Child Care Aware® of America (CCAoA) today released new state-by-state data on child care supply and capacity, quality rating and improvement systems (QRIS) and Child Care Resource and Referral (CCR&R) agency services from the year 2020.
Of the 45 states that reported information, from 2019 to 2020, 25 states reported a decrease in the number of center-based programs and 26 states reported a decrease in the number of family child care programs.
This new data is based on an annual survey of CCR&R agencies or other key child care stakeholders in each state.
Link to state data: https://www.childcareaware.org/ccdc/
“We all know that 2020 was an extremely difficult year for the child care system,” said Lynette M. Fraga, Ph.D., CEO of Child Care Aware® of America. “Providers were leaving the field before the pandemic and when they had to close or experienced massive drops in attendance due to COVID-19, their ability to stay in business was further threatened. It is our hope that some relief funds over the past year have helped to prevent the worst from happening in the child care system. But our research shows that permanent closures are real in many states and have started to have a measurable impact. We also know from other surveys and stories that providers may be in debt, struggling to find workers, and unsure about their future.”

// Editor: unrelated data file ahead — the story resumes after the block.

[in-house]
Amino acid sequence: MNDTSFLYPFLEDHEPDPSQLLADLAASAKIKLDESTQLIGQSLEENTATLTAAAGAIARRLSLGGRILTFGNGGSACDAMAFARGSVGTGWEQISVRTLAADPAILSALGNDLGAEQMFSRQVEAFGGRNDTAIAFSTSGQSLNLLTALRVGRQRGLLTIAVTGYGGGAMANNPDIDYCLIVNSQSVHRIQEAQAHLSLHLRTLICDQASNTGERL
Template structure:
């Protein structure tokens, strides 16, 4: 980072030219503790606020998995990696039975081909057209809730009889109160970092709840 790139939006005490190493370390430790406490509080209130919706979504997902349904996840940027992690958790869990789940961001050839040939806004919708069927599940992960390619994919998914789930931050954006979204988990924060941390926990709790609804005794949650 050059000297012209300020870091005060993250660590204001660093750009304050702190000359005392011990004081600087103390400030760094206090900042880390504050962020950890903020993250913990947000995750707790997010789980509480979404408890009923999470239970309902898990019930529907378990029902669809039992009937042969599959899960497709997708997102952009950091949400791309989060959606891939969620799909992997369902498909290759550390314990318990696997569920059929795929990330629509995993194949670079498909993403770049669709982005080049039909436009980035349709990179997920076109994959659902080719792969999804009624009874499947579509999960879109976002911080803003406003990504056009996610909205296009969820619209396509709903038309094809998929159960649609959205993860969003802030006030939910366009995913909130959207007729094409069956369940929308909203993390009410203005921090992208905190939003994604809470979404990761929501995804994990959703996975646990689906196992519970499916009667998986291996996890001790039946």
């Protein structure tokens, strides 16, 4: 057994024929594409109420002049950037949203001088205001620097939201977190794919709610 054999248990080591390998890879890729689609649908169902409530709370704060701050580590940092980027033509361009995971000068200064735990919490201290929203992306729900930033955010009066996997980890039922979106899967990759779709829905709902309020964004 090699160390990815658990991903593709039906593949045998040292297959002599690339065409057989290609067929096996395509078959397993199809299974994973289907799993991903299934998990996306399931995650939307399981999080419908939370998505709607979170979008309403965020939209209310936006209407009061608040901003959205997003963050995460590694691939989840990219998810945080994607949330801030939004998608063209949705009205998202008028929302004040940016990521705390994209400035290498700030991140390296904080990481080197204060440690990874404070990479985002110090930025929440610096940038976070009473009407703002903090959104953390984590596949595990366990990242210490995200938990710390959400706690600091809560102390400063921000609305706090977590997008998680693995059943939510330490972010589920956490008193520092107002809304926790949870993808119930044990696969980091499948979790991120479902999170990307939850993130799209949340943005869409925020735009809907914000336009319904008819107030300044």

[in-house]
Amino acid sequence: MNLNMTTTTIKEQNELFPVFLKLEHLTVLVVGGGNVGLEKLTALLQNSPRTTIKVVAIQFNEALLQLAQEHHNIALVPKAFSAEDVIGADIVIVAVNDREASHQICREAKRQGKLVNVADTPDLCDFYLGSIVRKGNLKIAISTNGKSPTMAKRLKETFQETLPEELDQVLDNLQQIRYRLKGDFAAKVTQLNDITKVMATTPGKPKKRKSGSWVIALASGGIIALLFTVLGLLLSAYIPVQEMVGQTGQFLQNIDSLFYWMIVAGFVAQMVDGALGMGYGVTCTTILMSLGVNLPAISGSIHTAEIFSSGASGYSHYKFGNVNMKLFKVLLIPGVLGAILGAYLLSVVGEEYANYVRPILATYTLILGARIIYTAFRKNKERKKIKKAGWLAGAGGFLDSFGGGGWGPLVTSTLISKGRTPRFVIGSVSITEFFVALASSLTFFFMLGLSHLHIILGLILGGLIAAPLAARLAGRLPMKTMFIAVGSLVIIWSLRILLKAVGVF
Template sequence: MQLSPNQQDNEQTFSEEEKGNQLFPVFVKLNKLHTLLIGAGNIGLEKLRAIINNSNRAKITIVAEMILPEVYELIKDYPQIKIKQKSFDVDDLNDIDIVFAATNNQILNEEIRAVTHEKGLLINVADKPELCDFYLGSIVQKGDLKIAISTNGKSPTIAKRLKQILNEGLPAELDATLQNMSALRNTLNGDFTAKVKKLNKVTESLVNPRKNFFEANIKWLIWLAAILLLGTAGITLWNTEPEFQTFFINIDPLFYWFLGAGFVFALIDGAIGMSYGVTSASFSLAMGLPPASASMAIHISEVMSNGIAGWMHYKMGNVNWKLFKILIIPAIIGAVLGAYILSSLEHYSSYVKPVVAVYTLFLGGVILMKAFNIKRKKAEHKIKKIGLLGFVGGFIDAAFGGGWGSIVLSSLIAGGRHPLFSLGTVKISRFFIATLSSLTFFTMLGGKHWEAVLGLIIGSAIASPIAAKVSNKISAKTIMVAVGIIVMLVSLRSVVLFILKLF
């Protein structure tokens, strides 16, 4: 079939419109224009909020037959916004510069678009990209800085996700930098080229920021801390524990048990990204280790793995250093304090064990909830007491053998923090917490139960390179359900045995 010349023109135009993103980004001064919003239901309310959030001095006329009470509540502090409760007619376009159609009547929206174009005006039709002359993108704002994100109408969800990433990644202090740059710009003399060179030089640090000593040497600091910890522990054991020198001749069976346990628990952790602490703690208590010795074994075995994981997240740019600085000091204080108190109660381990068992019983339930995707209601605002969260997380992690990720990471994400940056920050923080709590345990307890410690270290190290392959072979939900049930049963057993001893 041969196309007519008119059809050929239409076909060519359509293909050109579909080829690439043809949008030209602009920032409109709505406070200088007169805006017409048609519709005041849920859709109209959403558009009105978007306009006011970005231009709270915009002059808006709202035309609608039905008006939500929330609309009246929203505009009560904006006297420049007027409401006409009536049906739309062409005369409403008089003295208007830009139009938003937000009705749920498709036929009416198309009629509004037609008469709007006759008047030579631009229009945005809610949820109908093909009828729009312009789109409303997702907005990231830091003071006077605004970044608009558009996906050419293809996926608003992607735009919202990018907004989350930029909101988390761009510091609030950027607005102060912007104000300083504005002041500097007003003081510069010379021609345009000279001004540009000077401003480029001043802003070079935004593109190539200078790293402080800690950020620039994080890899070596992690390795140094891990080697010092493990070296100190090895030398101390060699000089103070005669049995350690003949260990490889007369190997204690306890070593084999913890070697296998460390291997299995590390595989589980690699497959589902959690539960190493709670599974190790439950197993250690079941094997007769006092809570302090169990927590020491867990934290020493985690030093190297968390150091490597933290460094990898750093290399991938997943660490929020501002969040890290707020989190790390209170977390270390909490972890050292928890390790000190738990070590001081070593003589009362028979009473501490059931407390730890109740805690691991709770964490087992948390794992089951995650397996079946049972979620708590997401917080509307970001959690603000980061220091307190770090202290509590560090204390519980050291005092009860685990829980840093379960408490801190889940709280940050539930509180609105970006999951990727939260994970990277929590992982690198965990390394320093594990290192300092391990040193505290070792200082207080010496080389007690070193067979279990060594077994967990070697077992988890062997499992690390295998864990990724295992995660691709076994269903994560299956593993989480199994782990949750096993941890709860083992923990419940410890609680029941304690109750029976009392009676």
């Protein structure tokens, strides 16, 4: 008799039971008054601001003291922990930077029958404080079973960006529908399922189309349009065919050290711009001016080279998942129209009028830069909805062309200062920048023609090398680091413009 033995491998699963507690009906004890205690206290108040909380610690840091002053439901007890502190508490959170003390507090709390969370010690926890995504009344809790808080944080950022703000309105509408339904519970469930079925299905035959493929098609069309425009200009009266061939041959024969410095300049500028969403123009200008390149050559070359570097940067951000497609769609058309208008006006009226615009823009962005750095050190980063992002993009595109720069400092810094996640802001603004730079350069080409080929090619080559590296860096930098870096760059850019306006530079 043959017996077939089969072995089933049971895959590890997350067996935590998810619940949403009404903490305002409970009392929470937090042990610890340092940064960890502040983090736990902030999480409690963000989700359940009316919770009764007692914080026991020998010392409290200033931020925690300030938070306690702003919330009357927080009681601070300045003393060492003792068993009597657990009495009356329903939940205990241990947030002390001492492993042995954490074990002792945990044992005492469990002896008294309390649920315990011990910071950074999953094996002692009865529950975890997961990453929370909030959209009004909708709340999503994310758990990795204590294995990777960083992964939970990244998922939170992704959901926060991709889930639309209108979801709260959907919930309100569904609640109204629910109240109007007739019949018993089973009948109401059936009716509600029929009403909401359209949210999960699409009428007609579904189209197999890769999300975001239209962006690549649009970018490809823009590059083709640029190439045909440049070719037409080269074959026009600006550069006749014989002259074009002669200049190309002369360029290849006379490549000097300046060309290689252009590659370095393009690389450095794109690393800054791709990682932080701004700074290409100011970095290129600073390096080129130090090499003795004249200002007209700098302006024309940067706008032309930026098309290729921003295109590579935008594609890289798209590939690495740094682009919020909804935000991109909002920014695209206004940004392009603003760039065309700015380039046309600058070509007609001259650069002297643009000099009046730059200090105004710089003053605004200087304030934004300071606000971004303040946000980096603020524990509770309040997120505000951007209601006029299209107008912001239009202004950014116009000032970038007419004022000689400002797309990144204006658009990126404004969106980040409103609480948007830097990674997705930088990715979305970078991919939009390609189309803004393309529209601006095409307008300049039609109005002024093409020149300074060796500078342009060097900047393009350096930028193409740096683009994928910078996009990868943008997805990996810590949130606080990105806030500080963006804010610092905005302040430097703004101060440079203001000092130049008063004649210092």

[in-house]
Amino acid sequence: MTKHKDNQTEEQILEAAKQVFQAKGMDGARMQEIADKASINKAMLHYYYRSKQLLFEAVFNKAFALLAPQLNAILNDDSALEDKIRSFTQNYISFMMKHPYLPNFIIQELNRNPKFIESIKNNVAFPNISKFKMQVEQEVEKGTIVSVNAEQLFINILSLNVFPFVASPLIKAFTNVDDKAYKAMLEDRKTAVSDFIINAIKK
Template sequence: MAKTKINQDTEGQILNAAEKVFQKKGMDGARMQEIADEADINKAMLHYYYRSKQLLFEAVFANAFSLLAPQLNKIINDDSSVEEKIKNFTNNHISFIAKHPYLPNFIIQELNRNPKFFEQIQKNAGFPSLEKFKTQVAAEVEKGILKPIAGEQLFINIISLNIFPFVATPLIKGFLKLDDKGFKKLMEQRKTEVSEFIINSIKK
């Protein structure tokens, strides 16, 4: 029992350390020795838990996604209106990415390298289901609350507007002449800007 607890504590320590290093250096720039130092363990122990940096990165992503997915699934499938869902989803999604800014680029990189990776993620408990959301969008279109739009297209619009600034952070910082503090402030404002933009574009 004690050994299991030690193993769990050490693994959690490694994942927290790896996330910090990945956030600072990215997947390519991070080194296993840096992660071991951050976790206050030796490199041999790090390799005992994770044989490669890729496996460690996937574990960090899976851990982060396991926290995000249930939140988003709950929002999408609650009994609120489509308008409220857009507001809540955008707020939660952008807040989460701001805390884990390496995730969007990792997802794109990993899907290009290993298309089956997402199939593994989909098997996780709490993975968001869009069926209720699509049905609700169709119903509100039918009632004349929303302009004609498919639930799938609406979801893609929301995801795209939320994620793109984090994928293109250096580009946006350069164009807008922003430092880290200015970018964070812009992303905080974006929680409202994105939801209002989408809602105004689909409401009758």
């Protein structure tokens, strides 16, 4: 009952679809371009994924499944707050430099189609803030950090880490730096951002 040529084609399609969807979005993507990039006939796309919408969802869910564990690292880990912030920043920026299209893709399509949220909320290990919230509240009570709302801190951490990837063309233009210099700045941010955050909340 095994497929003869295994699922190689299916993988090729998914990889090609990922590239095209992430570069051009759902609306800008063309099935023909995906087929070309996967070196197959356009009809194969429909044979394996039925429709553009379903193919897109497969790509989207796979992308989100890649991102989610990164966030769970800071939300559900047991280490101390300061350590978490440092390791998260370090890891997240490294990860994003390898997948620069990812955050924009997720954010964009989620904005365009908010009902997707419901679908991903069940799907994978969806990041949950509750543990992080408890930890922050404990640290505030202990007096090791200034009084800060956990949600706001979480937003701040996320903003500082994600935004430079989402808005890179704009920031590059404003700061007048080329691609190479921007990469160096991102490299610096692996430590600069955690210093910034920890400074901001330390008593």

CCAoA’s survey included a series of questions about how CCR&R agencies helped providers during the pandemic:
- Financial assistance (50% of respondents) - This includes purchasing personal protective equipment (PPE) and cleaning supplies for child care providers and distributing grant money to help them stay afloat.
- Training (63%) - This includes educating providers about recommendations from the Centers for Disease Control and Prevention related to child care and how to navigate the various changes to state licensing regulation.
- Technical assistance (83%) - CCR&Rs helped providers make adjustments to their operations to keep everyone safe and comply with new licensing rules.
- Other services (50%) – Respondents reported other services such as mental health support, informing providers about grant opportunities and updating CCR&R websites to include information about COVID-19.
CCAoA recommends that federal and state policymakers ensure relief funds are used in ways that address the immediate needs of families and providers while also laying the foundation for child care in the long term. Even with the considerable investments that have been made for pandemic-related relief, the solution for saving and strengthening child care lies in long-term, robust and thoughtful investment.
“The child care sector was broken long before COVID-19 and it is not sufficient to restore it to where it was prior to the pandemic,” said Mario Cardona, Chief of Policy and Practice at CCAoA. “The sector needs robust, long-term investment to build a system that equitably meets the needs of children, families, educators and providers.”